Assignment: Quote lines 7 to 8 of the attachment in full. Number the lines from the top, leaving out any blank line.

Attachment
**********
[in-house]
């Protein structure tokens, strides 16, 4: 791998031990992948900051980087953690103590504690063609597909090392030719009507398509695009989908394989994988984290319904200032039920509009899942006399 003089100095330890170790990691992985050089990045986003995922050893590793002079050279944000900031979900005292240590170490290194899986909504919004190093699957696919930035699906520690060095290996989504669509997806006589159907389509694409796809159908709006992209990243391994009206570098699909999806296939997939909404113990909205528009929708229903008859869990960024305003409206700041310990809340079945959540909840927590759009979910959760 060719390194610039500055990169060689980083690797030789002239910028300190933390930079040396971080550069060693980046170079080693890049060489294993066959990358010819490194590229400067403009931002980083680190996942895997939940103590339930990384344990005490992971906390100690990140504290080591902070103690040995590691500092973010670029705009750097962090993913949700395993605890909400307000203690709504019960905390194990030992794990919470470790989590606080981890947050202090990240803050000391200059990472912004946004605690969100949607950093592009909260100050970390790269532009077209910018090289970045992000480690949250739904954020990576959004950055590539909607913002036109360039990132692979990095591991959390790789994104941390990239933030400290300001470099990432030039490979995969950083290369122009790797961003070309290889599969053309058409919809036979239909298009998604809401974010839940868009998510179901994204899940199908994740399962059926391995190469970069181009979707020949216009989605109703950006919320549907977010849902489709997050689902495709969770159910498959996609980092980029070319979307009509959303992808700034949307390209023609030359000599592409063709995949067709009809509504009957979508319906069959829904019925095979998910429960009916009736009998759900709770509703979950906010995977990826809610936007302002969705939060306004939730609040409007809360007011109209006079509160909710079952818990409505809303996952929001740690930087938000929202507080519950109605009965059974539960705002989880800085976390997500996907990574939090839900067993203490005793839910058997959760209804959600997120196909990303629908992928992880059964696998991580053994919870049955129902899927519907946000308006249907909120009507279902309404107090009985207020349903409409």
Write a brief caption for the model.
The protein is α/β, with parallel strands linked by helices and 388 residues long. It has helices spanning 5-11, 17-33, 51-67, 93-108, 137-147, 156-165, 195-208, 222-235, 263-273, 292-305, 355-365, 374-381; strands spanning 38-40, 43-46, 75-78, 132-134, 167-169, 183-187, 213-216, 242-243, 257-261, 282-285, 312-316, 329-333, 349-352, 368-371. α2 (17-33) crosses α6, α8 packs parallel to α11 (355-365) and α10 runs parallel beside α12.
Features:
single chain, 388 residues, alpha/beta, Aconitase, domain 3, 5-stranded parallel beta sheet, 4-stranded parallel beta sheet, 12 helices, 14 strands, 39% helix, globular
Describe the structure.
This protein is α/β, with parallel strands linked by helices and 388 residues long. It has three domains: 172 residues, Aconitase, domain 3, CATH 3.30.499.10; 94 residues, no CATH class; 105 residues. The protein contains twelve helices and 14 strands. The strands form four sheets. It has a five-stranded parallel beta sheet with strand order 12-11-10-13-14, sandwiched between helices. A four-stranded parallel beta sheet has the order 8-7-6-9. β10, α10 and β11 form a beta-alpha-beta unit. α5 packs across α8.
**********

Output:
Describe the structure.
This protein is α/β, with parallel strands linked by helices and 388 residues long. It has three domains: 172 residues, Aconitase, domain 3, CATH 3.30.499.10; 94 residues, no CATH class; 105 residues. The protein contains twelve helices and 14 strands. The strands form four sheets. It has a five-stranded parallel beta sheet with strand order 12-11-10-13-14, sandwiched between helices. A four-stranded parallel beta sheet has the order 8-7-6-9. β10, α10 and β11 form a beta-alpha-beta unit. α5 packs across α8.